Monday, October 20, 2008

We had a good old fashioned barn raising on Bowen last week.  The producer's of Harper's Island, an American horror TV show that is filming on Bowen, donated the materials and the community donated the labour and everyone put together a nice temporary ferry shelter on the south limb of the government dock.  

Saturday, October 4, 2008

Today under rainy and blustery skies, we had our apple festival in the historic Davies Orchard in the Cove.  There were displays of all the varieties of apples grown on Bowen from the four historic orchards as well as music and food.  I had an apple chicken ginger sausage with pesto mayonnaise from Alderwood Farms, and I think it was the best thing I have tasted all year.  

All of the apples on display were from trees that were more than 100 years old, and some of them, such as the trees in the Davies Orchard right in the Cove are 130 years old, planted in the early 1880s and late 1870s.  I got a chance to talk with Marion Moore, one of the daughters of John Collins, who was himself an heir of one of Bowen's original settler families.  At the Collins Farm orchard there are a variety of apples grown to this day.  Marion gave me a tour of all of the varieties on display.  Here's what we have on Bowen:

  • Yellow Belleflower (Sheep's Nose)
  • Porter
  • Gascone Scarlet (unique to Bowen now.  These apples were provided to John Collins by a Mr. Freshwater who lived on the salt water on the shore of Mannion Bay)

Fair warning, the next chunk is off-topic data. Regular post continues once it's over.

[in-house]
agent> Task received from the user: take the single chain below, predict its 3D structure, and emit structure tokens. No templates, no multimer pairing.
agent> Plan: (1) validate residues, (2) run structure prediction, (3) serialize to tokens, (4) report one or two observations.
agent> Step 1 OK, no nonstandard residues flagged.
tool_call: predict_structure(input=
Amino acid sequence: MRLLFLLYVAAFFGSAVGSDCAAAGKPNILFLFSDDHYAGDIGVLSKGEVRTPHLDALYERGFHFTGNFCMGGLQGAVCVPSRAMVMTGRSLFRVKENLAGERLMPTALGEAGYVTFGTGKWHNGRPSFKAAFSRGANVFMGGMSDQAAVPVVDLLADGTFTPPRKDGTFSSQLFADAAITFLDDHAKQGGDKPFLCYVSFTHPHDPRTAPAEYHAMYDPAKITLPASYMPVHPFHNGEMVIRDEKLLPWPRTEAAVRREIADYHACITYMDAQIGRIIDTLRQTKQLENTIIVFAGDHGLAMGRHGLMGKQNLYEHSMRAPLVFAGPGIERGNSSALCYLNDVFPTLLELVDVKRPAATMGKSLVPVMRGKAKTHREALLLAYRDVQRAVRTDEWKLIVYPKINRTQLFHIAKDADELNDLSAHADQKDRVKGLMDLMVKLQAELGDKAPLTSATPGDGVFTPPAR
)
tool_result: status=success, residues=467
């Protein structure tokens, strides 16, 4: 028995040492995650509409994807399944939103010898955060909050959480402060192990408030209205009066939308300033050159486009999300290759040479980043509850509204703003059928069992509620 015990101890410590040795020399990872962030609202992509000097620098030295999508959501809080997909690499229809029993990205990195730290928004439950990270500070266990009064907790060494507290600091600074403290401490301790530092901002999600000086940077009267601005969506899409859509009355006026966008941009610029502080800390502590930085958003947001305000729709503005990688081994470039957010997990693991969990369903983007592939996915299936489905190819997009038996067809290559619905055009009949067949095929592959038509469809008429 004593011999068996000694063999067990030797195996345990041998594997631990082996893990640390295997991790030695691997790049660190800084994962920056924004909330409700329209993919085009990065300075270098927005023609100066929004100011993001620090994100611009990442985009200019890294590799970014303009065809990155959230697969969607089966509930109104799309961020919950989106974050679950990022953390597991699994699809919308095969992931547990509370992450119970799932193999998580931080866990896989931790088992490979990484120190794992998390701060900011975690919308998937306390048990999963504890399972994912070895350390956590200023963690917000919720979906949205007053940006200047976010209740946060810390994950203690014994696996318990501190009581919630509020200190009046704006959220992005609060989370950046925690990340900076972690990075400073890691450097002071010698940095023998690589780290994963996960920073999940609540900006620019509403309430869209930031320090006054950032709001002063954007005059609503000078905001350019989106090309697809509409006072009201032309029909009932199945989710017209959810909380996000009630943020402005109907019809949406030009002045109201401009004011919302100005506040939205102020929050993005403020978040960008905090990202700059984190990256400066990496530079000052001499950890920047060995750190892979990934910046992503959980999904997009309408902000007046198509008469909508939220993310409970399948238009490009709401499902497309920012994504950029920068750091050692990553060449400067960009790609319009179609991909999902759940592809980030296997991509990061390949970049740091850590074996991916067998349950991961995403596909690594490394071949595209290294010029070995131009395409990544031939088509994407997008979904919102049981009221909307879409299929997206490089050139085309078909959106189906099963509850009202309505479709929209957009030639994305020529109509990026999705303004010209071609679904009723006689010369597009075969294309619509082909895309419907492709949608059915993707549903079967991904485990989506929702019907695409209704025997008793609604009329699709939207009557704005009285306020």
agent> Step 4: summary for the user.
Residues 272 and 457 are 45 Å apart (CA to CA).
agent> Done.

• King of Tompkins County
  • Alexander King
  • Kyslo crabapples
  • Famuse
  • Gravenstein
  • Belle de Boscoup
  • Rhode Island Greening
  • Edward VII
  • Russet and Winter Russet
  • Davies Pippins
On Bowen we have five historic orchards.  In Snug Cove there are trees in the cottages planted by Mr. Davies in 1882.  On Collins Farm there are old orchards which Marion and her sister Jean look after.  Up on Hummingbird Lane, on the crest of Dorman Point is the remnants of the Dorman family orchard, now divided throughout several private lots.  Likewise, in Deep Bay the remains of a 200 tree orchard is now scattered among private lots.  This orchard was started by the Podavin family in the 1880s and later owned by the Terminal Steamship Company and later still, the Union Steamship Company.  Once the USSC broke up their lands in the 1960s, the lot was subdivided and many of the trees were cleared for housing.  Several remain however.  Finally on the west side of the island, the King Edward Bay orchard still produces apples.

It was a delight talking to Marion, who also filled me in on some questions that were lingering.  For example:
  • There was a penstock and a generator at the base of Bridal Falls in Deep Bay which the USSC built in the early 1910s.  The penstock provided power to the resort and although several of the cabins were hooked up, the company turned off the power at 11:00pm every night.
  • Mr. Malkin built the dam at the head of Kilarney Creek were it flows out of Kilarney Lake.  Malkin bought the land in 1912 from Marion's grandfather, who owned the whole of the lake and the lands that are now Crippen Regional Park.  The dam was built around 1915, which backed up the lake and flooded wetlands on the north end of the lake.  To this day, the trees that were flooded out in 1915 are standing in what is Bowen's largest wetland.  
A great day of community, history and food.